prepared by Plaintiff, and includes a statement, as Defendant correctly points out,

that the study will be made public in the fall of 2017. (ECF No. 37 at Pg ID 959.).

Therefore, Plaintiff has failed to show how documents numbered 46-109 are

trade secrets, including whether the specific information is generally known to the

public or the public education community, the independent economic value, the

value of the documents to competitors, and the difficulty in acquiring or

duplicating the information. Finally, for the reasons stated for documents

numbered 1-11, Plaintiff has failed to show the sufficiency of the measures taken

to guard the secrecy of the documents.

Documents Numbered 110-122

These documents list the personal contact information for employees in the

bargaining unit at Caesar Chavez Academy. Although this information may be

confidential, a mere characterization of confidentiality does not fall within the

meaning of a “trade secret” under MUTSA. Furthermore, these documents could

be easily duplicated if the employees voluntarily shared their personal contact and

employee information.

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Therefore, Plaintiff has failed to show how documents numbered 110-122

are trade secrets, including whether the specific information is generally known to

the public or the public education community, the independent economic value, the

value of the documents as to competitors, and the difficulty in acquiring or

duplicating the information. Finally, for the reasons stated for documents

numbered 1-11, Plaintiff has failed to show the sufficiency of the measures taken

to guard the secrecy of the documents.

Documents Numbered 128-155

According to Plaintiff, documents numbered 128-155 are results from an

accountability survey completed by charter school employees that Plaintiff

believes can be used to counter its efforts. The documents consist of personal

contact information with incomplete survey answers. However, there is no way of

knowing what questions were asked in the survey. Although the information may

be confidential, it does not fall within the meaning of a trade secret under MUTSA.

Therefore, Plaintiff has failed to show how documents numbered 128-155

are trade secrets, including whether the specific information is generally known to

the public or the public education community, the independent economic value, the

value of the documents as to competitors, and the difficulty in acquiring or

duplicating the information. Finally, for the reasons stated for documents

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numbered 1-11, Plaintiff has failed to show the sufficiency of the measures taken

to guard the secrecy of the documents.

Documents Numbered 172-178

Plaintiff describes documents numbered 172-178 as strategy regarding

legislation based on a presentation containing confidential information. The

documents consist of questions, concerns, suggestions, and notes for the United

Way Bill. Again, although the documents numbered 172-178 may be confidential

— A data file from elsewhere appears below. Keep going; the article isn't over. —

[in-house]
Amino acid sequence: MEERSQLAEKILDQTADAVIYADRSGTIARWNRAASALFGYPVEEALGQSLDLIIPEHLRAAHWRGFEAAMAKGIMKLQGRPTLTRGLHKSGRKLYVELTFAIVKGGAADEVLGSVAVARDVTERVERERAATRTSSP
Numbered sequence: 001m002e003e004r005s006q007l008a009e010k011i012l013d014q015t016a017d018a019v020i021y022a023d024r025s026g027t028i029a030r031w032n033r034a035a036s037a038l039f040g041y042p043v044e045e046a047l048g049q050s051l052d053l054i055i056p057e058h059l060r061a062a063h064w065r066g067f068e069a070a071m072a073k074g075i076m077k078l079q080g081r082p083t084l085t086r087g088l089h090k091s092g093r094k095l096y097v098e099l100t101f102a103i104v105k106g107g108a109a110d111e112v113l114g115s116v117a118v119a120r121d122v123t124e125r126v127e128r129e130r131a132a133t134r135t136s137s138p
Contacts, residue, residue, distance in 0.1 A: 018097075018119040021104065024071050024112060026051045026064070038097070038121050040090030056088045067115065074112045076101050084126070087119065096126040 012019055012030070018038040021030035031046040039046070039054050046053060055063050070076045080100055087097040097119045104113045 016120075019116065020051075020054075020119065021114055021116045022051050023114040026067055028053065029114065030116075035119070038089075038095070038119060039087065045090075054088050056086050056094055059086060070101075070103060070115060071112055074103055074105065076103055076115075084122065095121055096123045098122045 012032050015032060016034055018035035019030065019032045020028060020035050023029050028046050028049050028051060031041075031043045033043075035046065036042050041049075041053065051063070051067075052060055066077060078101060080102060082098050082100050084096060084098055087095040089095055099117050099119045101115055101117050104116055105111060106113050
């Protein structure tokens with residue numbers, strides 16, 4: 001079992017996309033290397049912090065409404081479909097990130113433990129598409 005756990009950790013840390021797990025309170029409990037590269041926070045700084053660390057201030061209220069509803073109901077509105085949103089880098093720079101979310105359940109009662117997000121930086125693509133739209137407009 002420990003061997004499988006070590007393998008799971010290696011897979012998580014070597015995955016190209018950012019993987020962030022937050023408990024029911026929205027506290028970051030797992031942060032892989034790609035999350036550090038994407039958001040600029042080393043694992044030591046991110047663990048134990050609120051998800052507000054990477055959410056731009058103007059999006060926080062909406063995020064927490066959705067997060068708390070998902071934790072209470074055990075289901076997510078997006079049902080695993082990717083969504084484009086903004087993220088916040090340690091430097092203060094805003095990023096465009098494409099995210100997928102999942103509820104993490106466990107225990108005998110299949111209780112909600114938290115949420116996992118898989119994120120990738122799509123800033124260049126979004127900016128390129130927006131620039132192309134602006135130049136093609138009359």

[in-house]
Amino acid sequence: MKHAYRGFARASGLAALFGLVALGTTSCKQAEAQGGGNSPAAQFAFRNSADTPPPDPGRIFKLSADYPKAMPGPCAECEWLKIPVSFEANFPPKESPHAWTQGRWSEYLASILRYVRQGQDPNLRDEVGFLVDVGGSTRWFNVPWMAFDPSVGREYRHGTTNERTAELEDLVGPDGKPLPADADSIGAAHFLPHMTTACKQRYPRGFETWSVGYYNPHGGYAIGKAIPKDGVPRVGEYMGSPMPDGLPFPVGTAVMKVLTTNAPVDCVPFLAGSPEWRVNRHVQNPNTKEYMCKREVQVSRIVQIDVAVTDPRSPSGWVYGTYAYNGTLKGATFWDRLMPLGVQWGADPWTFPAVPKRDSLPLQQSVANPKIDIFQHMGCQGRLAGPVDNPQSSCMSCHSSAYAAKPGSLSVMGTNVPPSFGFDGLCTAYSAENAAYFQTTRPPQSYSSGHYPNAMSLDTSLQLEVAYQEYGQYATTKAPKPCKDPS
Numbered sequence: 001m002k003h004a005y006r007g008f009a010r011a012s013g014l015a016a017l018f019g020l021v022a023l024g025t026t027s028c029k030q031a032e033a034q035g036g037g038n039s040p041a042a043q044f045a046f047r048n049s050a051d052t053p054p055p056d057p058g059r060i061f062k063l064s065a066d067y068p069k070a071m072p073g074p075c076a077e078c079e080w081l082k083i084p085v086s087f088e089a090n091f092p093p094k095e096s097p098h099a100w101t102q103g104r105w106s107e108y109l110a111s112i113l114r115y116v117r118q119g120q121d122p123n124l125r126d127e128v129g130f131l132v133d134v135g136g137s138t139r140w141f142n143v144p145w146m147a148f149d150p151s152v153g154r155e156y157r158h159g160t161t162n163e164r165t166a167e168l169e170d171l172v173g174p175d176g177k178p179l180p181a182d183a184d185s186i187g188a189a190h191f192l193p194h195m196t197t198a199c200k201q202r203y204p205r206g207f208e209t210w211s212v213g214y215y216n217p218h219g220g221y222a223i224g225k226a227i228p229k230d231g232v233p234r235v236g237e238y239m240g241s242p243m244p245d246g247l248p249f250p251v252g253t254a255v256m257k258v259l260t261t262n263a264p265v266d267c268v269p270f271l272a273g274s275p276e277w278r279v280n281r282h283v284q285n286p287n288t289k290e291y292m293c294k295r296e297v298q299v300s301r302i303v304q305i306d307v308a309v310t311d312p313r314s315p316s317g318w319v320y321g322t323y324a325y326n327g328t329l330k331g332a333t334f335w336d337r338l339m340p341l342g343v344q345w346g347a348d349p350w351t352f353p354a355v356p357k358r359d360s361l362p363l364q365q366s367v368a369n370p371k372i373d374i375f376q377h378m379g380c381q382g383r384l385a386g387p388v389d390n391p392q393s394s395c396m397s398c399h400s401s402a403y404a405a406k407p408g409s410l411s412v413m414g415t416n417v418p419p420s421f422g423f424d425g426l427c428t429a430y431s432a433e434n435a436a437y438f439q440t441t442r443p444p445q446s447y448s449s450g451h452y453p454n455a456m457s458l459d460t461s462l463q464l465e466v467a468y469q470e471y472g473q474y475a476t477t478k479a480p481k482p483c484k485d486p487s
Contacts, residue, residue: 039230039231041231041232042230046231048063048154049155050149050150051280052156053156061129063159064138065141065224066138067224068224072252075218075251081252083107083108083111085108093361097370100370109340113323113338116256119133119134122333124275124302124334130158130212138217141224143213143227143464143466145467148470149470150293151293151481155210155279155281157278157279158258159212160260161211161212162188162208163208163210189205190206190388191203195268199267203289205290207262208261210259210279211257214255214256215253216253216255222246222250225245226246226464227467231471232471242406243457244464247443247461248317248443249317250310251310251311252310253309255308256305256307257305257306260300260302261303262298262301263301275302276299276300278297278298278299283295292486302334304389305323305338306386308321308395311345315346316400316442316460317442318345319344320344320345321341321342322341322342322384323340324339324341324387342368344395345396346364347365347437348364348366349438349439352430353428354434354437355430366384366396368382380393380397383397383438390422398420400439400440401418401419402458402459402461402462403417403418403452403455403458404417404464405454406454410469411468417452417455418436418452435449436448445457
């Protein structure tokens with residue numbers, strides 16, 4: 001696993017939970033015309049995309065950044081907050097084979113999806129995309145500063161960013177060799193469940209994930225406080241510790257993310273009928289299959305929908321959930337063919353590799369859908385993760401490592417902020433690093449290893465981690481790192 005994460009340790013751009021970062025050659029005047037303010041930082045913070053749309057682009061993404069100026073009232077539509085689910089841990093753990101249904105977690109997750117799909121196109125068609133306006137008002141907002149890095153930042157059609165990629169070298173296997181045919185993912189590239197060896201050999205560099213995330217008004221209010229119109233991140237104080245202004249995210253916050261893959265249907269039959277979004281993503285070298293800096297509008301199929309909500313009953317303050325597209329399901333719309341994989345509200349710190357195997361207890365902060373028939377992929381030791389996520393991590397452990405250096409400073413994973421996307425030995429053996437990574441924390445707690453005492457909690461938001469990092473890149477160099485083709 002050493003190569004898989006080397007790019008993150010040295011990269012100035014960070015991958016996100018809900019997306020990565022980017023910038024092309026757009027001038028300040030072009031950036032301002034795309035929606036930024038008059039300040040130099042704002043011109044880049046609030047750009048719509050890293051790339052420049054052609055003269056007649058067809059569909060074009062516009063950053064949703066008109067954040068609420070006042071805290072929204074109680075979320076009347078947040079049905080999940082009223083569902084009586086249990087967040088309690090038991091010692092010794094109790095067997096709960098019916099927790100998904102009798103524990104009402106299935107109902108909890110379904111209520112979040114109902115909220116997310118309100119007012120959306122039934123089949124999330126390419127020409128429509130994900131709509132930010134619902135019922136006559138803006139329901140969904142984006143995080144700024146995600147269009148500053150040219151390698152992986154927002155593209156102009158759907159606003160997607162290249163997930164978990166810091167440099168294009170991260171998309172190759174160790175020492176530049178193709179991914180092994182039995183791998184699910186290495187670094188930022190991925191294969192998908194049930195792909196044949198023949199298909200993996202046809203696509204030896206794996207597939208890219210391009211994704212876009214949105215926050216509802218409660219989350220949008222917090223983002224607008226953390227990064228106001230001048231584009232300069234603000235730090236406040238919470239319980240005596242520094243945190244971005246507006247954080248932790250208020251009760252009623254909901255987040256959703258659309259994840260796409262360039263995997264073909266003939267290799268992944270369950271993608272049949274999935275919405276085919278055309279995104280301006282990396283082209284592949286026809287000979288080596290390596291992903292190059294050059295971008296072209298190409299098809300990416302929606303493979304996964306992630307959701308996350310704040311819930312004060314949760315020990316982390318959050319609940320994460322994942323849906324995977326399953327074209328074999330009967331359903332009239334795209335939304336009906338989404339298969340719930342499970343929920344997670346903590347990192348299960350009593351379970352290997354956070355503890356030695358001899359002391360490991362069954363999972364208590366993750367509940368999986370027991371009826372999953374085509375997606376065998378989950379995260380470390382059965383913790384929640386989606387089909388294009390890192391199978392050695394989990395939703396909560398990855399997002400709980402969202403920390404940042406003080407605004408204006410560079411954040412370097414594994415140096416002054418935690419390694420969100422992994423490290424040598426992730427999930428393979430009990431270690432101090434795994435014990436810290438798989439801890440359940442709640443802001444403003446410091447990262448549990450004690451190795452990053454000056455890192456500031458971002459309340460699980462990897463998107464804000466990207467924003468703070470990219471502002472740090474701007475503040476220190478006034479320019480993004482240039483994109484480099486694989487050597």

that does not rise to the level of a trade secret under MUTSA. Plaintiff does not

offer any support as to how the documents are trade secrets.

Therefore, Plaintiff has failed to show how documents numbered 172-178

are trade secrets, including whether the specific information is generally known to

the public or the public education community, the independent economic value, the

value of the documents as to competitors, and the difficulty in acquiring or

duplicating the information. Finally, for the reasons stated for documents

numbered 1-11, Plaintiff has failed to show the sufficiency of the measures taken

to guard the secrecy of the documents.

Documents Numbered 179-188

According to Plaintiff, documents numbered 179-188 is an article regarding

teacher absenteeism, which was made available to a limited audience and not

prepared by Plaintiff. Because the information was provided to a limited audience,

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Plaintiff is either unaware or has no control of the extent to which the article has

been disseminated or reproduced. Most importantly, the article was not prepared

by Plaintiff.

Therefore, Plaintiff has failed to show how documents numbered 179-188

are trade secrets.

Document Numbered 189

Plaintiff describes document 189 as notes Defendant Jorge made while

observing a bargaining session at a charter school. However, although the email

contains an attachment that Defendant Jorge appears to have sent to Nate Walker,

the email itself does not have any content. Further, the Court does not have any

information about the contents of the attachment that supposedly contain

Defendant Jorge’s notes. As such, the Court declines to characterize Defendant

Jorge’s personal notes as a trade secret.

Documents Numbered 190-217

Documents numbered 190-217 is a pdf of “Who’s Running this Place?” that

Nate Walker sent to Defendant Jorge’s personal email on June 12, 2017. It

includes information about charter school closings in Michigan, and according to

Plaintiff, includes Plaintiff’s strategy for organizing and communicating with

members of the Michigan legislature.

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However, Plaintiff has failed to show how documents numbered 190-217 are

trade secrets, including whether the specific information is generally known to the